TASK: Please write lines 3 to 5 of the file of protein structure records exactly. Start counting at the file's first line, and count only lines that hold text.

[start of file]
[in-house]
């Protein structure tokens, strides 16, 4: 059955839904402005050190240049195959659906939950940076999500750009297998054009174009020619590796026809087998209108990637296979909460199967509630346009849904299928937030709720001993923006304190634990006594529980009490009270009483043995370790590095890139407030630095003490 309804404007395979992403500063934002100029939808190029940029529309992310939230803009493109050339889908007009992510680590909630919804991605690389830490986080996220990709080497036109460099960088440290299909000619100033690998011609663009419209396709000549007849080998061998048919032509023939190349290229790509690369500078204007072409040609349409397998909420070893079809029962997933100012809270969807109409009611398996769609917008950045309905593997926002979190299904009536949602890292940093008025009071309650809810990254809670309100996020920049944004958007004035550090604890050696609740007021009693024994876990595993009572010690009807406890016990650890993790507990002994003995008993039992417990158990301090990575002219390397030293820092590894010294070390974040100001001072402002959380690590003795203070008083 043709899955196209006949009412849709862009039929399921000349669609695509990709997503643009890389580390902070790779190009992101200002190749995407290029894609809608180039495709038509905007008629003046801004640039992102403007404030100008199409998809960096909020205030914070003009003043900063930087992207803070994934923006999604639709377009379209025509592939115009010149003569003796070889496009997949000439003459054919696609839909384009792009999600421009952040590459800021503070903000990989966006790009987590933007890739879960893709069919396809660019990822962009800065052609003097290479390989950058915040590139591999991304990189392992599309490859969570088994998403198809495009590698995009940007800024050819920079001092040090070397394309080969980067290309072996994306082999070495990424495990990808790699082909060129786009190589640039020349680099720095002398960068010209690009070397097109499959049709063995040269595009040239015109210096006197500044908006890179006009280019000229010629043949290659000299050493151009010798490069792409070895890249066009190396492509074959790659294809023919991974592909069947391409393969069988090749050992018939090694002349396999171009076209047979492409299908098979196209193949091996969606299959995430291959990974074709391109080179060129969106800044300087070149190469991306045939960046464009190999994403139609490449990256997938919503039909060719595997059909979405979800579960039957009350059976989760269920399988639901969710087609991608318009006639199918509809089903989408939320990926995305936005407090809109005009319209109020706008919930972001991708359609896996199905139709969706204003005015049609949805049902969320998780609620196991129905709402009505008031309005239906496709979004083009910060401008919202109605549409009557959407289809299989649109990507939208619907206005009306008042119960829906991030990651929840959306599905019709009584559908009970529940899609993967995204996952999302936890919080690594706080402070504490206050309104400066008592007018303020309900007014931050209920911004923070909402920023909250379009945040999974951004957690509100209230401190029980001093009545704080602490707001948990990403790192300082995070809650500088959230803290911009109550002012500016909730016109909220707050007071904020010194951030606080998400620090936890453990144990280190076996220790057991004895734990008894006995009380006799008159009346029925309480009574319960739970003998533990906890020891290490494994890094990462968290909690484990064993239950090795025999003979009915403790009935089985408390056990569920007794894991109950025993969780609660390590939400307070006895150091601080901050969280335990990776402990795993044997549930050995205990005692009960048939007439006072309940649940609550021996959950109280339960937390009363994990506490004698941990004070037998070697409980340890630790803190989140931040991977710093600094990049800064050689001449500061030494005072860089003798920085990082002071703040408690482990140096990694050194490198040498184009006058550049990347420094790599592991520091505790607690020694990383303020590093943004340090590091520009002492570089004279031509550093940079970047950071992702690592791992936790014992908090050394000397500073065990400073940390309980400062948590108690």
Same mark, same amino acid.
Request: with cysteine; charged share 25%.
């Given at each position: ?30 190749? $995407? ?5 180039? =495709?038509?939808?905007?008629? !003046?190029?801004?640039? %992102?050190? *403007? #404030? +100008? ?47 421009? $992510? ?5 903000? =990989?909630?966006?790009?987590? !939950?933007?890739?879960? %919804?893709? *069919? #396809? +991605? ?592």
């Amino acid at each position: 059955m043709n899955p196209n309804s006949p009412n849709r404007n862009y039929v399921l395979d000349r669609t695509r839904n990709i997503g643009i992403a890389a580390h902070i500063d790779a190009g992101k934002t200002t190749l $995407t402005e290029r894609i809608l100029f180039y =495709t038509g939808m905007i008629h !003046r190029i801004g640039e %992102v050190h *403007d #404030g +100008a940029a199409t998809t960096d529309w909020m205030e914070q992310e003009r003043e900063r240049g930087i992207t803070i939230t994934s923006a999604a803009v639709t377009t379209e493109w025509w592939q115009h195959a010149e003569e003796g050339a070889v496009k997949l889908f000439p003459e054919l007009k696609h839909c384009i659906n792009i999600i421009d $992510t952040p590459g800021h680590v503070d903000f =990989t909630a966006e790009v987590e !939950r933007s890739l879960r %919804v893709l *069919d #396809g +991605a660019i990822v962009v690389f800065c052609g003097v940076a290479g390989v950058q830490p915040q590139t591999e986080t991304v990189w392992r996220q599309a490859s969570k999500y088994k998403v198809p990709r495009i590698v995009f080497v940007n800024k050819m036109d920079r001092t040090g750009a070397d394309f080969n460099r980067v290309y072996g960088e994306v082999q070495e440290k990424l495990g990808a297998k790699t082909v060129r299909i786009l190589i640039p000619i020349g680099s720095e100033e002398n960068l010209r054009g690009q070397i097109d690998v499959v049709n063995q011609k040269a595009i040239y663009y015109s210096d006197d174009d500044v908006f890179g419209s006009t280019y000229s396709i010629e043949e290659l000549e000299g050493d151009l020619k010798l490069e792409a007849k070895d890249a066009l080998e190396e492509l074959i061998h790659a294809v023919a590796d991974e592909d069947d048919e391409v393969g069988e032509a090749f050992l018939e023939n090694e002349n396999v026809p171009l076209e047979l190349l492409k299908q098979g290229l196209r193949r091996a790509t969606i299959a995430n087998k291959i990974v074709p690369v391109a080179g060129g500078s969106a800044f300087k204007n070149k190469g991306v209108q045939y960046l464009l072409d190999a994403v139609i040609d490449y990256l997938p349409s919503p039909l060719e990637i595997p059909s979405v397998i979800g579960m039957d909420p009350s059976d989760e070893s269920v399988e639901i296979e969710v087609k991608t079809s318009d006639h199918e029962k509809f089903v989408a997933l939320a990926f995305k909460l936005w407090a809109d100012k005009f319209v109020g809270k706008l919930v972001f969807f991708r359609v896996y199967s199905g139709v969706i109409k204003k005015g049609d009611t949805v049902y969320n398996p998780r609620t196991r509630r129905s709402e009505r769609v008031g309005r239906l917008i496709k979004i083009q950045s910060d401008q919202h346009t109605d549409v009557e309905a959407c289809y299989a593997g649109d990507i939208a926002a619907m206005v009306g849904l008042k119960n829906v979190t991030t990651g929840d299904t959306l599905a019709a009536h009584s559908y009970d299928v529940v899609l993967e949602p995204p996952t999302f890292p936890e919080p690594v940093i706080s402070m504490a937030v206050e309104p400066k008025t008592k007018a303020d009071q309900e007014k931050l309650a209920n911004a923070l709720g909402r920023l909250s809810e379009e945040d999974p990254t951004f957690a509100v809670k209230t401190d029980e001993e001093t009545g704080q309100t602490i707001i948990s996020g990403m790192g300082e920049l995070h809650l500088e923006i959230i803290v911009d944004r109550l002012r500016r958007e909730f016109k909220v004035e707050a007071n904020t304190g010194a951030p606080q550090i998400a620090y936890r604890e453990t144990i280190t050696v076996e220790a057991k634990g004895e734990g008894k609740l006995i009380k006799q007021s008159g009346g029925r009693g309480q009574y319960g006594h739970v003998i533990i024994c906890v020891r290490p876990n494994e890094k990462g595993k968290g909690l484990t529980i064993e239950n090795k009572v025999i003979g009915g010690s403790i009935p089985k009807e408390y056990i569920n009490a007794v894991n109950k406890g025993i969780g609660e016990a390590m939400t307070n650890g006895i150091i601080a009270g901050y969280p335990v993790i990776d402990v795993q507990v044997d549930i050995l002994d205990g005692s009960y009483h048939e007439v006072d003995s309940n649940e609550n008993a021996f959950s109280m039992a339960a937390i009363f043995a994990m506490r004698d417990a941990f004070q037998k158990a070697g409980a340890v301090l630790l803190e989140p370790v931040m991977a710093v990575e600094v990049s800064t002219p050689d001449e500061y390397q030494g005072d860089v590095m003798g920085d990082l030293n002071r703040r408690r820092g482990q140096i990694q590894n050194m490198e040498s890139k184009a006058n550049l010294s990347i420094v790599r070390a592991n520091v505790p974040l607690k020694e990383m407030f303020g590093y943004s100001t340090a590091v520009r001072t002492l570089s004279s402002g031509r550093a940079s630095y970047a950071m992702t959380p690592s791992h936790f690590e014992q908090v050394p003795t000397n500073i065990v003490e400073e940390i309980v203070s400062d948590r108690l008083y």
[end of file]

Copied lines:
Same mark, same amino acid.
Request: with cysteine; charged share 25%.
């Given at each position: ?30 190749? $995407? ?5 180039? =495709?038509?939808?905007?008629? !003046?190029?801004?640039? %992102?050190? *403007? #404030? +100008? ?47 421009? $992510? ?5 903000? =990989?909630?966006?790009?987590? !939950?933007?890739?879960? %919804?893709? *069919? #396809? +991605? ?592």